Updated: Jul 31
My mother, who is petite and small, had no idea what to do with me, tall even as a baby. I was always at least a head taller than the other kids my age. Mom had a difficult job just trying to dress me in clothes that allowed me to look like a little girl but still fit properly and were affordable. My grandfather nicknamed me “shortpants”, which I guess I don’t need to explain any further. It was a hard job for her. Thankfully, she knows how to sew, so I often wore beautiful, handmade clothes. I liked that because I could basically customize the outfits, picking out the fabric and the pattern.
When I got into middle school and went to a Christian school where we had to wear skirts all the time (girls and boys), we had a whole new issue. The skirts had to touch the top of our knees and long skirts were not in style. I can’t tell you how many times I was in the principal’s office for my short skirts. Plus, we wore pantyhose. The fit guide on the back of the package said I needed queen-sized because of my height, so that’s what Mom bought. The queen-sized hose were too big for me, so I could pull them up to the very top of my stomach. My even taller best friend had the same problem so together we freakishly wore our pantyhose over our entire stomachs. Cute. Really cute.
By high school I had figured out that short pants were not a good thing. I forced my mother to get me pants that were long enough, or maybe even a little too long. (By the way, I was joking back there about boys also wearing skirts. :-)) Mom still bought me clothes that were several sizes too big. She had done that when I was a child because I grew so quickly that getting clothes a few sizes too big extended the time I was able to wear them and saved us money. Once I stopped growing though, the habit was not changed. I constantly pinned clothes to make them fit better. It didn’t occur to me to buy things smaller.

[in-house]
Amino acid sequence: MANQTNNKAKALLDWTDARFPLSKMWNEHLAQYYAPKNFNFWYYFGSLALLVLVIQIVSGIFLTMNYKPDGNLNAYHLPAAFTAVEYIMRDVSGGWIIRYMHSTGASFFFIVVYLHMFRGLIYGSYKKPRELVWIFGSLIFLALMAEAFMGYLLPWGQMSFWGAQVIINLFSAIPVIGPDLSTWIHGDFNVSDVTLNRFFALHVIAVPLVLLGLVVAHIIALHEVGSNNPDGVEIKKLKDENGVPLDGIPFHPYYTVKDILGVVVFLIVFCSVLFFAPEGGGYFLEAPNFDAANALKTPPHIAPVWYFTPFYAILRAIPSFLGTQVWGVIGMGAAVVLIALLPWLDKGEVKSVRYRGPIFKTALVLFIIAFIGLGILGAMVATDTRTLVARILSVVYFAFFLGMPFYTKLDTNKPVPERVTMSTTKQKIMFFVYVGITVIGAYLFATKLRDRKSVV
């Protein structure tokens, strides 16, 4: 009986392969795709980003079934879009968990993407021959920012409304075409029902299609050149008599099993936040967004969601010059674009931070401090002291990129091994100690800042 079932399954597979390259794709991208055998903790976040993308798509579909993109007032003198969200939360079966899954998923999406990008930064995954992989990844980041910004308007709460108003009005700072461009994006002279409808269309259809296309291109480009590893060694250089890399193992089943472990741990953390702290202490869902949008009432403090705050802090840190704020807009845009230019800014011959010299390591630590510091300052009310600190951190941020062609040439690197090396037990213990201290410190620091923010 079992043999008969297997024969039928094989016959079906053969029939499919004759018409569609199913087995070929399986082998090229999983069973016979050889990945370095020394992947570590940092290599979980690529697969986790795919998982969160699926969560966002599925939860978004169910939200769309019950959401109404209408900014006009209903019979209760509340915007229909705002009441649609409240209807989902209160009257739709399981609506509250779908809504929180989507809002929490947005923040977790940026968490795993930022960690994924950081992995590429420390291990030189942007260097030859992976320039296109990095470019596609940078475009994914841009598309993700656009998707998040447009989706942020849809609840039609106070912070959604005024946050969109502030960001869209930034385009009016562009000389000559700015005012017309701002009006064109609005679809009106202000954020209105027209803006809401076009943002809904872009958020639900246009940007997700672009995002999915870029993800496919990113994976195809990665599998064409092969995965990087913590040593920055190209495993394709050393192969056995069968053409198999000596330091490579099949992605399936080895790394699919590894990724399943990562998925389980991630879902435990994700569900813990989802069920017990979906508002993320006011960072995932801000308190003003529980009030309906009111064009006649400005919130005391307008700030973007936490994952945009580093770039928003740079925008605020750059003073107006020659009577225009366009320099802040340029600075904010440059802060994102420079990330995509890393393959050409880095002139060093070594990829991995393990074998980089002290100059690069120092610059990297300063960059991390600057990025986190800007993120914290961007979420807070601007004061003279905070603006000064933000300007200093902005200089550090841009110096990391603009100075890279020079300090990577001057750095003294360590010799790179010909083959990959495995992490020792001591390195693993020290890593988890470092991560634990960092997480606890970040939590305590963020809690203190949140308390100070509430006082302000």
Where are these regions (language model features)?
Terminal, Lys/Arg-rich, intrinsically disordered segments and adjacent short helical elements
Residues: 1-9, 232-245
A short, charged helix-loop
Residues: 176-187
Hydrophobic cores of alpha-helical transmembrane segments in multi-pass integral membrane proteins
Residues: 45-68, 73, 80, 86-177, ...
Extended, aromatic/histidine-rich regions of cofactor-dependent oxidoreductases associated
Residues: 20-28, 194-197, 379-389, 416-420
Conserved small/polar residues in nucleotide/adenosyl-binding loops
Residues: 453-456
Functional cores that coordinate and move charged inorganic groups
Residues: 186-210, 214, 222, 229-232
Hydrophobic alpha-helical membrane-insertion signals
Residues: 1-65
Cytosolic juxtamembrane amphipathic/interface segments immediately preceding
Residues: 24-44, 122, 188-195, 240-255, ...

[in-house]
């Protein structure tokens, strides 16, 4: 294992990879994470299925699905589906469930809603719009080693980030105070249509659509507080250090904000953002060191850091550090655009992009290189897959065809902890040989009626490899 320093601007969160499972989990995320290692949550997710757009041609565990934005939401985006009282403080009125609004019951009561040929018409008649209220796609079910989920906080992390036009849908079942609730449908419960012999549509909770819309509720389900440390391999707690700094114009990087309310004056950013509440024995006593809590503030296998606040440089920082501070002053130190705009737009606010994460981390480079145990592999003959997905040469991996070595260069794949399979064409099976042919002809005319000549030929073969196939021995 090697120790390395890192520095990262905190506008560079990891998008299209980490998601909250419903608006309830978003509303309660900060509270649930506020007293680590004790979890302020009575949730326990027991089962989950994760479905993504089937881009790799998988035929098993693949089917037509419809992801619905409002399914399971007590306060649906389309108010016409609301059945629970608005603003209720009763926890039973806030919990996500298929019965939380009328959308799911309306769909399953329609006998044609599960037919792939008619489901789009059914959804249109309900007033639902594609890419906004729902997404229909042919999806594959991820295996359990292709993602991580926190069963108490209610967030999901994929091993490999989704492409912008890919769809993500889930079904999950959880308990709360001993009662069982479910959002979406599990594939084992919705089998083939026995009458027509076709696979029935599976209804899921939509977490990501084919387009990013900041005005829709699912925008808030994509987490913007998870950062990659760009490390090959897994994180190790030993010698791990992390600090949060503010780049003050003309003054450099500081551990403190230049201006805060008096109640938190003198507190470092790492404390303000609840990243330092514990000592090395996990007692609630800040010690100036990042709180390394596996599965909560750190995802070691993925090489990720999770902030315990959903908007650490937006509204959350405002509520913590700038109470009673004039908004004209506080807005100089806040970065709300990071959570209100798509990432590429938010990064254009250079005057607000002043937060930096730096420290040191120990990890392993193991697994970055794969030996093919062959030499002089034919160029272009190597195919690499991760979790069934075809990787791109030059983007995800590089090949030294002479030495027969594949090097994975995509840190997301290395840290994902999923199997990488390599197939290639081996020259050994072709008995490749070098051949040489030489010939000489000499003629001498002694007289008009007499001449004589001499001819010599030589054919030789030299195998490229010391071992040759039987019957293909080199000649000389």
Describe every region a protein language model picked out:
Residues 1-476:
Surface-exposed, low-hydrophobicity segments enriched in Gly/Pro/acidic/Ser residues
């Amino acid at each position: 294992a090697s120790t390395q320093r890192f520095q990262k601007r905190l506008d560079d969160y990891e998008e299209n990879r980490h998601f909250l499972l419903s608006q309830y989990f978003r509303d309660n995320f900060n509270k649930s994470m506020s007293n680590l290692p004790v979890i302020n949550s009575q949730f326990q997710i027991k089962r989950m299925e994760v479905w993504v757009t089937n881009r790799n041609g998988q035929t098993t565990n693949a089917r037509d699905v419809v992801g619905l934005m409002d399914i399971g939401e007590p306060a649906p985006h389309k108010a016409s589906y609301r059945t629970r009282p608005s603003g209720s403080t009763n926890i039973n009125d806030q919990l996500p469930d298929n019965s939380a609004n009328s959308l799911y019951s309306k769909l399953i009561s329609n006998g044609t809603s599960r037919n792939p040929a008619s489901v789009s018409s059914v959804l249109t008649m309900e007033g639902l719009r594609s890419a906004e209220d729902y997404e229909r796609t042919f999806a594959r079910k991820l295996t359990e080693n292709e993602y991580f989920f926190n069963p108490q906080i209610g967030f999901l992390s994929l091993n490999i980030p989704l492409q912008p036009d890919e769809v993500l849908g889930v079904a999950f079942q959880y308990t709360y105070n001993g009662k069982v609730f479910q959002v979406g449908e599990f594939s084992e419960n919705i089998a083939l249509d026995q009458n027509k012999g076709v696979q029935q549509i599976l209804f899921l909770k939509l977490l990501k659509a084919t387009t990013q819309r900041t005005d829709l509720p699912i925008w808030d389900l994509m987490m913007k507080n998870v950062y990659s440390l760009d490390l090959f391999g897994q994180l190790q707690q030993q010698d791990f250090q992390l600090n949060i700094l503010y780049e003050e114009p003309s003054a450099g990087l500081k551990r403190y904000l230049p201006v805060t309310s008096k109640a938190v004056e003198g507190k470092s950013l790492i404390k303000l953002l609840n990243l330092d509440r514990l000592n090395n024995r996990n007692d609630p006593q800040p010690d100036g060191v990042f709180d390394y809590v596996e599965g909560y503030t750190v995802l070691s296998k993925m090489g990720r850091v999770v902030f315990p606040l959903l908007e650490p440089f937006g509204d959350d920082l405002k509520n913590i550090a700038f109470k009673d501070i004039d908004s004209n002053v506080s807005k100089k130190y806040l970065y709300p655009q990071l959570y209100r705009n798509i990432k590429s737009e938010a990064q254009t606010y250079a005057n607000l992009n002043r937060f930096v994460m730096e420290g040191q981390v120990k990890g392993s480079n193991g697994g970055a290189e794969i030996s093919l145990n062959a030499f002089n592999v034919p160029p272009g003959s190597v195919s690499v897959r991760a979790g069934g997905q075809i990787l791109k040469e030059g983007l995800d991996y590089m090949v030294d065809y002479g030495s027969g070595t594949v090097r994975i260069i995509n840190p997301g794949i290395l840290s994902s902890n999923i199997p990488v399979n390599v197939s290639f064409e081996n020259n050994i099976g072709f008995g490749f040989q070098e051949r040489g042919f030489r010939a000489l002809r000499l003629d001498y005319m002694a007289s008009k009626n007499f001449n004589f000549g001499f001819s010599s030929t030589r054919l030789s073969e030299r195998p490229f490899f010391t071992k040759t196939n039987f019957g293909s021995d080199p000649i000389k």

When I got to college and gained the freshman-fifteen, I was surprised to find that my clothes actually started to fit. The pins came out and I was suddenly filling out my clothes and they looked good. It was quite the surprise.
I gained more weight during college and have had a hard time losing it. I’ve done all kinds of diets and exercise programs, but discovered that my excess weight is something I use as a shield to protect myself. I’ve been to counselors, life coaches, pastors, holistic healers, nutritionists, and personal trainers. I’ve read every book on the subject I can find. I’ve prayed and prayed for healing and deliverance. I want to be whole and healed. I want to be able to help others who are struggling with similar issues.
These struggles have put my body image issues into perspective. There was a time when I obsessed about being taller than everyone else and wishing I could be petite and small. I wouldn’t even become too good of friends with people who emphasized my feelings of awkwardness by having the gall to be significantly smaller than me. I obsessed over the parts of my body that didn’t look like a super-model – I’ll spare you the list… This journey has taught me that little flaws are a blessing. Little flaws can be covered up. I’ve learned to appreciate the things about myself that I can.
These days I actually enjoy my height. I’ve learned how to find clothes that fit. I’ve learned the importance of feeling comfortable in those clothes. But this is the skin I’ve been in all my life: too tall, too thin, too heavy, too smart, too loud, too opinionated, too bossy, too busy, too religious, too rebellious. Whatever. Here I am, trying to be the best I can be.
At least these days my mother has been relieved of the responsibility of trying to find clothes to fit me. And short of some kind of alien invasion where I’m forced to wear whatever I can find on a journey to safety, you will never see me in a pair of pants that are too short.
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